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Loss, recovery and pervasive secrets from the past - this engrossing saga tells the page-turning tale of an unforgettable Jamaican woman from WW1 to 1950.
From the author of White Feathers, Susan Lanigan’s Lucia’s War is an absorbing, twisting, historical saga about the memorable Lucia Percival who came to Britain from Jamaica and worked as a nurse during WW1 before becoming a celebrated opera singer.
Lucia’s lively, sharp-witted narrative undulates and unfolds at spellbinding speed - coloratura style, to use an operatic term - as she relates her story to a music critic as she’s set to give her last performance in 1950. It’s impossible not to feel invested in Lucia’s life as the tale darts back and forth from her working in the Voluntary Aid Detachment in France in 1916, to her striving to live as a musician in London on returning from war, to her later trials, all the while living in the tight grasp of her past. Recalling her father’s words towards the end of the novel, Lucia notes, “The trouble with you, Lucia, is that you can do anything.’ Turned out my father was right, just not in the way he meant. I was capable of doing anything.” This facet of her character chimes throughout the novel, as does her connection to the gruff Scottish surgeon she encountered in France: “You come all the way from the West Indies to England on your own…I’ve never met anyone like you in all my damn life.” These words ring true, for Lucia is a one-of-a-kind woman, driven by a longing to mother the son who was taken from her, a longing that sees her agree to a plan concocted by old Lillian (“The Witch”), a woman similarly scarred by loss, and damaged by war.
Revealing the contribution Caribbean commonwealth citizens made to Britain during WWI, and touching on the Spanish flu epidemic, at its heart this is the powerful story of a black woman in a white man’s world; a personal account of the ravages of war; the story of a woman torn. In Lucia’s words, “The two parts of me – musician versus mother, public versus private – were separating out so rapidly and so completely there seemed to be no way of reconciling the two.”
While I wondered what impact the novel might have if it followed a strict chronological structure, it’s gripping stuff, and the final twist is likely to catch readers off-guard, hungry to know how the next acts of Lucia’s extraordinary life play out.
A Piece of Passion from the Publisher...
Susan Lanigan and I worked together on her first novel White Feathers, and the glorious Lucia Pervical stole every scene she appeared in. It was clear that she needed her own book. When Susan approached me to work on Lucia's War, I was honoured to work with her again and to be one of the first to find out What Lucia Did Next. Susan's such a passionate author – personally, politically and poetically – who infuses her characters and the world they inhabit with a rich vivid life. I learned so much about Black British culture and history from between the wars and fell in love with Lucia's lyricism and her resilience. Technically, the novel is a tour de force of non-linear narrative by a writer skilled at her craft: the various strands of Lucia’s past are deftly woven together like the baby’s blanket she carries with her everywhere. I bawled each one of the three times I read it through from beginning to end. Which is a professional quality-control test we editors sometimes do.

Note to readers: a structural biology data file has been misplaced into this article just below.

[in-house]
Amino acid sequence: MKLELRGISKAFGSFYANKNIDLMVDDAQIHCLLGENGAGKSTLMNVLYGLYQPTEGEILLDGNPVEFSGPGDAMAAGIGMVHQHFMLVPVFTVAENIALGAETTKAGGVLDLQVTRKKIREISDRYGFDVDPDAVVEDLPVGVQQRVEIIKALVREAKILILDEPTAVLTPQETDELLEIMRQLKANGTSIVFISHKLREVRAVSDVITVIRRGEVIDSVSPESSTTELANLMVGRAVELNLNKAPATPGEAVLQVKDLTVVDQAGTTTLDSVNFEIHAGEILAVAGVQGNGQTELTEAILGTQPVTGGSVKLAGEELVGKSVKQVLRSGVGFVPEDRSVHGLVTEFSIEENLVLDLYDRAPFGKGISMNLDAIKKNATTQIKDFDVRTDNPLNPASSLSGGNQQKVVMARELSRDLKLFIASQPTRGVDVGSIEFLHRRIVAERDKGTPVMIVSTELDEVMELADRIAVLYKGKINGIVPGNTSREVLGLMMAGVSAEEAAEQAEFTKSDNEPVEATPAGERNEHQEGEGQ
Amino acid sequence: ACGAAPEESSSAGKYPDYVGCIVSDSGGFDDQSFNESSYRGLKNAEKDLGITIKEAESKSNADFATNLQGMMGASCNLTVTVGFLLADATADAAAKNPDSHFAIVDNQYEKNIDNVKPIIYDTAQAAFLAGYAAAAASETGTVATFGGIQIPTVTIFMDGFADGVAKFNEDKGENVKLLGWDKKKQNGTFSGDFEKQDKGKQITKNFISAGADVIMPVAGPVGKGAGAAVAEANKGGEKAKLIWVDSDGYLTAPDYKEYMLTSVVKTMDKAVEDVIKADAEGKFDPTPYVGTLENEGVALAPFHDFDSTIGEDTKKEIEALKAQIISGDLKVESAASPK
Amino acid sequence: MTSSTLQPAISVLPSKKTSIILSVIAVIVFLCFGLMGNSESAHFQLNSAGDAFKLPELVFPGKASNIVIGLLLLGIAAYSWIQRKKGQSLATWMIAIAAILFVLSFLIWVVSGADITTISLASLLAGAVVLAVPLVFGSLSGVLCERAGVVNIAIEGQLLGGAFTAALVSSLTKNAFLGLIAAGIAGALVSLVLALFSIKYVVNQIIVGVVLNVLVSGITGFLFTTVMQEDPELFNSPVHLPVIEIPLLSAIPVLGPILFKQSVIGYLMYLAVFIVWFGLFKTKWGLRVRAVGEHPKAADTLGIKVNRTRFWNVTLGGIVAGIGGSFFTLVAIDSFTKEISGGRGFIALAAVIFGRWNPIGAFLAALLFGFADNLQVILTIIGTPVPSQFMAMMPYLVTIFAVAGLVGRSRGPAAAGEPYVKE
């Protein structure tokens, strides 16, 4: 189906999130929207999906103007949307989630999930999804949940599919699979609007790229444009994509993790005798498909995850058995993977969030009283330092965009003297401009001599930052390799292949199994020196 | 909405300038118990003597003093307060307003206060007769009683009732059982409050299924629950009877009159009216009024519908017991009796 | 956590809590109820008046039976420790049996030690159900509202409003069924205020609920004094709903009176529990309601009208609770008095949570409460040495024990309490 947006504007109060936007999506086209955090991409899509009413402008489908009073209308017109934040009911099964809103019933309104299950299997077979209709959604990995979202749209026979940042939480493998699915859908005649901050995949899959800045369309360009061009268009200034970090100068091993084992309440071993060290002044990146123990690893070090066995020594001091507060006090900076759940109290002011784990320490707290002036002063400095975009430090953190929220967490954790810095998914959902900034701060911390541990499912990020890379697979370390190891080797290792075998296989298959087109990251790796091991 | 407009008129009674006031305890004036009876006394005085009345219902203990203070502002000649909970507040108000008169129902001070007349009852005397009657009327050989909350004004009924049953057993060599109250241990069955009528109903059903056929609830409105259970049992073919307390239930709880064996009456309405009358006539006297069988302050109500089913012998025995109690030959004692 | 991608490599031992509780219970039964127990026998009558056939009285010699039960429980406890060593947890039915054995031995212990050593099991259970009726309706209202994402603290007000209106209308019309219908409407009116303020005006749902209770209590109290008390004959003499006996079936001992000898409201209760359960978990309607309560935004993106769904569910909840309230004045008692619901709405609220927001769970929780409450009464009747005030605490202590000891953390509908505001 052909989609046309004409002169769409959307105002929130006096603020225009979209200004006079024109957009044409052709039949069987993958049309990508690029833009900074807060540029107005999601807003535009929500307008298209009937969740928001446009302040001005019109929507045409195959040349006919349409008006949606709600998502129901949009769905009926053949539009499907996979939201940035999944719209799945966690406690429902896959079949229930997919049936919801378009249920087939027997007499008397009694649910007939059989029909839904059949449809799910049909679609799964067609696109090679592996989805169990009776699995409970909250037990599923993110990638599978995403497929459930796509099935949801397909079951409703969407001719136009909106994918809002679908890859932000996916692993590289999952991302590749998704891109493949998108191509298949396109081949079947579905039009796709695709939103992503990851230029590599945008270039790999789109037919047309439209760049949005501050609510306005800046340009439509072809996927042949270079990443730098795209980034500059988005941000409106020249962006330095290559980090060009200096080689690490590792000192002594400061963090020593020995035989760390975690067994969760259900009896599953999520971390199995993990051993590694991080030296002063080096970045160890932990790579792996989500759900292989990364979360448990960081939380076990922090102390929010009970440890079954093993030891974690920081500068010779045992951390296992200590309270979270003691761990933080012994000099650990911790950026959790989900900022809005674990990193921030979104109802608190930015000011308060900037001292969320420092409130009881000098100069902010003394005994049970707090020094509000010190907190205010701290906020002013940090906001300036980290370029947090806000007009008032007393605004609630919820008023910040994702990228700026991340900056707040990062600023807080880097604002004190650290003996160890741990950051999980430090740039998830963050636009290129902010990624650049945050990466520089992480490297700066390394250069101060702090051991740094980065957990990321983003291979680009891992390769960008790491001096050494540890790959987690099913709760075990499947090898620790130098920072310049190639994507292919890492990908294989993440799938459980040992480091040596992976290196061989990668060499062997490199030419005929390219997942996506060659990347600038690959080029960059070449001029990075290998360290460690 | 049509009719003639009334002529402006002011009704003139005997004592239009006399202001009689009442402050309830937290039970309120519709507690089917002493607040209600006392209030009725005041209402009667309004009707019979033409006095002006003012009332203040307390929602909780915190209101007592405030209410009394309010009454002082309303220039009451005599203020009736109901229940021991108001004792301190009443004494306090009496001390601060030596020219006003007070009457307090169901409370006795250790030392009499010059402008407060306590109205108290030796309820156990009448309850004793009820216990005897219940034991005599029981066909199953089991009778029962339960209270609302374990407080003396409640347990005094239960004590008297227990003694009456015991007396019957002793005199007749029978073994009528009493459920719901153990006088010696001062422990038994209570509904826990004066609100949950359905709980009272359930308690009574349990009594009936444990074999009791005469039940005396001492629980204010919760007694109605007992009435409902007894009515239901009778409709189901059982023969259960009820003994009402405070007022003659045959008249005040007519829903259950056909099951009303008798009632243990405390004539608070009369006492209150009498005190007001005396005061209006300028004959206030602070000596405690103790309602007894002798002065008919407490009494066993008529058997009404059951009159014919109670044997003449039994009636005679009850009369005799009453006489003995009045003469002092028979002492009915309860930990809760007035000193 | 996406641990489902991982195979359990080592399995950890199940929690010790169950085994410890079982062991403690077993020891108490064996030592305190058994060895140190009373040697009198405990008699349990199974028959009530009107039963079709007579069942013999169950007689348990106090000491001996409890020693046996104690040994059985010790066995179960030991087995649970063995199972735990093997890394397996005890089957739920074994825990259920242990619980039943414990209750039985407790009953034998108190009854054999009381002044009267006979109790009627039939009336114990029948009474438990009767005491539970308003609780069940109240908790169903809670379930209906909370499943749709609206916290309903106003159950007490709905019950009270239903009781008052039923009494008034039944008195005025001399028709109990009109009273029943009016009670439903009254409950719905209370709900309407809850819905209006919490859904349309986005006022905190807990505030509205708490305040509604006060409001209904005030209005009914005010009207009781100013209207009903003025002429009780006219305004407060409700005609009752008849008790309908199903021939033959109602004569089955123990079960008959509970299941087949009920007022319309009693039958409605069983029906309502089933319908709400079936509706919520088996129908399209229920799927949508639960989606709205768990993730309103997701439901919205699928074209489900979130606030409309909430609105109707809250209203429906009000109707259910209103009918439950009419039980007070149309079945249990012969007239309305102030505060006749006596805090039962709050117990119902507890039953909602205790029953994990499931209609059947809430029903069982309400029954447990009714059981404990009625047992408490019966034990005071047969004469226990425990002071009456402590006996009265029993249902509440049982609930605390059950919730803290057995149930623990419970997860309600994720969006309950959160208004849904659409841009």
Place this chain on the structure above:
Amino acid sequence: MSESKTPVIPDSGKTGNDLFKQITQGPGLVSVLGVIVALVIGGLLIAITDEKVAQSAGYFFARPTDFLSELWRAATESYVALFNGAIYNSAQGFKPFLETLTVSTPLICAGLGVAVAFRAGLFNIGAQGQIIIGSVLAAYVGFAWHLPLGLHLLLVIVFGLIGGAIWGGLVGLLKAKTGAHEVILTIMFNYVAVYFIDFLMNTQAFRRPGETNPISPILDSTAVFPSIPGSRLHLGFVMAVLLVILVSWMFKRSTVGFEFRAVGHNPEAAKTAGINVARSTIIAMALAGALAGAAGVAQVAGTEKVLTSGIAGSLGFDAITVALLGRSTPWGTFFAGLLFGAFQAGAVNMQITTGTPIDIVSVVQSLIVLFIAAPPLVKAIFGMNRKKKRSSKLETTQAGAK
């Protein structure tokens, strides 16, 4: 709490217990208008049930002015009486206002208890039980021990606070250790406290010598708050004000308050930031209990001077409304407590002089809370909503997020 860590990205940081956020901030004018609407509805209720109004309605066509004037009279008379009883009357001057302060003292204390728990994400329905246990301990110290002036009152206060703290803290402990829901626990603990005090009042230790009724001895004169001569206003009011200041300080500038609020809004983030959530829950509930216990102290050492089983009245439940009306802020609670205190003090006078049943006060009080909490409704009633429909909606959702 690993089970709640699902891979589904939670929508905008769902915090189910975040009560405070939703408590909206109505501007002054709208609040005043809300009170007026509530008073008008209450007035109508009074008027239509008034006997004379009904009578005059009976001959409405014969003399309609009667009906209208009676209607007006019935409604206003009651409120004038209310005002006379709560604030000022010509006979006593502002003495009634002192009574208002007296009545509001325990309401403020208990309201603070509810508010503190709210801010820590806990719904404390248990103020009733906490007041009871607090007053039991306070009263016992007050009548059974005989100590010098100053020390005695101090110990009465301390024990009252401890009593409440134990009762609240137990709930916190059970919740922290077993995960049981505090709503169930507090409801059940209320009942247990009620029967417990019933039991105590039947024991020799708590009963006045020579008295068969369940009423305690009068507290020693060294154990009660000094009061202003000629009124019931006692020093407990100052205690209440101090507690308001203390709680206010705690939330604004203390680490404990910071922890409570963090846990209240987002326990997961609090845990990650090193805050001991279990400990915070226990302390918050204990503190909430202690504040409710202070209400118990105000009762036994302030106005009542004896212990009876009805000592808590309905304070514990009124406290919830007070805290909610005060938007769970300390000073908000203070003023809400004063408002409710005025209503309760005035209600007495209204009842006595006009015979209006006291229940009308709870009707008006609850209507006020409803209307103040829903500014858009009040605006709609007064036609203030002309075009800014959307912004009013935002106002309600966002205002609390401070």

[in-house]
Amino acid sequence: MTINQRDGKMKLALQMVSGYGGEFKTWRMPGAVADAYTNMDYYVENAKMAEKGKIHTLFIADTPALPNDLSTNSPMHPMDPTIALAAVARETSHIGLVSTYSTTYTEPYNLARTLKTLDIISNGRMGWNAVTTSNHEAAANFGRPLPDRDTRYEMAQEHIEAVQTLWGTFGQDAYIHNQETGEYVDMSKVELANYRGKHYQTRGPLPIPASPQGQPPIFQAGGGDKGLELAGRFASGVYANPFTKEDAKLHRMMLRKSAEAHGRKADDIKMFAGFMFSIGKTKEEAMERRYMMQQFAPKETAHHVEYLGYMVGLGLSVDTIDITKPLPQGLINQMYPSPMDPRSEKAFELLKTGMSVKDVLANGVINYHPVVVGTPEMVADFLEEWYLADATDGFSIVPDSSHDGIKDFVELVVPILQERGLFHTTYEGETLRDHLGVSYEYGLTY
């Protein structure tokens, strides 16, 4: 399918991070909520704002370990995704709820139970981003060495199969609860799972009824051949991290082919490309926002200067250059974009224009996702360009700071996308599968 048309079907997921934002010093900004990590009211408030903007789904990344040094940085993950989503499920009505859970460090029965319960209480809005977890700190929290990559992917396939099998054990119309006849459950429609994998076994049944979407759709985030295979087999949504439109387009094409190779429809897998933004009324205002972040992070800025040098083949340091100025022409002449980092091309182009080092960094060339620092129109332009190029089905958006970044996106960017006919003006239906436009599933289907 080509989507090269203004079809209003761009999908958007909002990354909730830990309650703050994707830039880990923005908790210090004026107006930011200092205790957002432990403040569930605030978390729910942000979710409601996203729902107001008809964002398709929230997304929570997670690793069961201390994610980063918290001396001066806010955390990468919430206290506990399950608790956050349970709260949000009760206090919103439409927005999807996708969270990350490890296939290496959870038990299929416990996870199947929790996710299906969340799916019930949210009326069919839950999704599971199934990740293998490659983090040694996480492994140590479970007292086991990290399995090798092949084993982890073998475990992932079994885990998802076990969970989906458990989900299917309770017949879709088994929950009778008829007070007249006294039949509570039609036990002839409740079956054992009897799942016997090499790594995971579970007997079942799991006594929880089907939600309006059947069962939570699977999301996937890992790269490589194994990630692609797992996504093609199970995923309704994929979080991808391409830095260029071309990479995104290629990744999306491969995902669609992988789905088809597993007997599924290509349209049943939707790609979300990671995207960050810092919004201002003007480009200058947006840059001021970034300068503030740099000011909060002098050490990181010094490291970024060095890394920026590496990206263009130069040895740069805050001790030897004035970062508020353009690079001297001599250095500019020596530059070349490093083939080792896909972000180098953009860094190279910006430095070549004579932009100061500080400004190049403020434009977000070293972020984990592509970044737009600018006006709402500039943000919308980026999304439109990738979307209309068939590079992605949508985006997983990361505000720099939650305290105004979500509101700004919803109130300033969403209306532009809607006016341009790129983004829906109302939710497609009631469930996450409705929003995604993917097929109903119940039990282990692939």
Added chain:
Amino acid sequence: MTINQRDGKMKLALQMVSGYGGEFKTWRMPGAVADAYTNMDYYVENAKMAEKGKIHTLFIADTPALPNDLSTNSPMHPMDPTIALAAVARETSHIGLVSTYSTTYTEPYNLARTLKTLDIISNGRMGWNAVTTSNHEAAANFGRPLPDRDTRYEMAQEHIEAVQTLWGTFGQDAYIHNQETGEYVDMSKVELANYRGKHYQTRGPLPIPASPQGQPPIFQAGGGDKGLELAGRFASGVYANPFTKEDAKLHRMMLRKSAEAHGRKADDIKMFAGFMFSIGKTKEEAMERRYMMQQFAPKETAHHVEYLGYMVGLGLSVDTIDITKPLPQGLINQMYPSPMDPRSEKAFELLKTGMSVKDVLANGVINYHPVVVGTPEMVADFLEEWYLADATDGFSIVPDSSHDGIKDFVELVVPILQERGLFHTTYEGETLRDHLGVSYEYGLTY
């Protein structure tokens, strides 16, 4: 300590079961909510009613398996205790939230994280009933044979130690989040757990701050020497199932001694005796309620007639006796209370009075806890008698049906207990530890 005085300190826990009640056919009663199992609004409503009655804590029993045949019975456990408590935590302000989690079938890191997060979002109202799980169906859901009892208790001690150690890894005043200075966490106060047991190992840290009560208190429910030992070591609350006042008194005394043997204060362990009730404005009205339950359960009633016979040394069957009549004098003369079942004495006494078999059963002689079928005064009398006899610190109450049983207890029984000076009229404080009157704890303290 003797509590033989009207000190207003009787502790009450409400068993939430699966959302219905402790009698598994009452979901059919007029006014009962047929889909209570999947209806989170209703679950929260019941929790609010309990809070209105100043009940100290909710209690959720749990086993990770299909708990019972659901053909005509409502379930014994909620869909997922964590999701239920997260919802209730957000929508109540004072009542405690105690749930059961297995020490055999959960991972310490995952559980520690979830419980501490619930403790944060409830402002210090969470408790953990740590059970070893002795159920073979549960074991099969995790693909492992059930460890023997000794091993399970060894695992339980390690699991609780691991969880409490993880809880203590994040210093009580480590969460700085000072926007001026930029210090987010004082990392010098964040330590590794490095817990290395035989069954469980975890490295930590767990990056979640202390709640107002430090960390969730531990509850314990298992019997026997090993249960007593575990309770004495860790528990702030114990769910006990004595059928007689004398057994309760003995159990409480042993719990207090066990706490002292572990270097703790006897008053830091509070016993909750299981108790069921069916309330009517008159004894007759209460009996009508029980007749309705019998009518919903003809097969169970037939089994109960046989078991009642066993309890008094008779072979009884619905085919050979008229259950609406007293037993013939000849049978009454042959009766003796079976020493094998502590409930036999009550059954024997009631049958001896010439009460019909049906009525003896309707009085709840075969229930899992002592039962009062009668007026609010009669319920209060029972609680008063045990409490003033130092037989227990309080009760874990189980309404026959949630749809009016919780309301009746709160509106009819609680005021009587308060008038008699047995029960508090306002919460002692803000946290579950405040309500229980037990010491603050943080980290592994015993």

For fans of Andrea Levy and Sebastian Barry, the latest gripping saga from Susan Lanigan
London, 1949. Opera singer Lucia Percival is due to perform her last concert. But she has no intention of going onstage. A terrible secret from the First World War has finally caught up with her.
London, 1917. Lucia, a young Jamaican exile, hopes to make it as a musician. But her past haunts her, and when she meets Lilian, an old woman damaged by war, she agrees to a pact that could destroy everything she has fought so hard for.
From the Western Front and Glasgow, to black society in London, Lucia’s story tells a tale of music, motherhood, loss and redemption.
From the author of White Feathers, a passionate, compelling wartime romance shortlisted for the Romantic Novel of the Year in 2015, comes a new novel telling a compelling story of music, motherhood, race and war.
Publication date: 01/06/2020
Publisher: Idee Fixe Press
|Publication date:||1st June 2020|
|Publisher:||Idee Fixe Press|
|Genres:||Family Drama, Historical Fiction, Indie Books We Love,|
In 2003, Susan Lanigan graduated from a Masters in Creative Writing in NUI Galway. Since then, she has had short stories published in The Stinging Fly, Southword, The Sunday Tribune, the Irish Independent, Nature, Ellery Queen Mystery Magazine and Mayo News. She has been thrice shortlisted for the Hennessy New Irish Writing Award and longlisted and shortlisted for the Fish Short Story Contest, the Bristol Prize, the Raymond Carver Short Story Award and other competitions.More About Susan Lanigan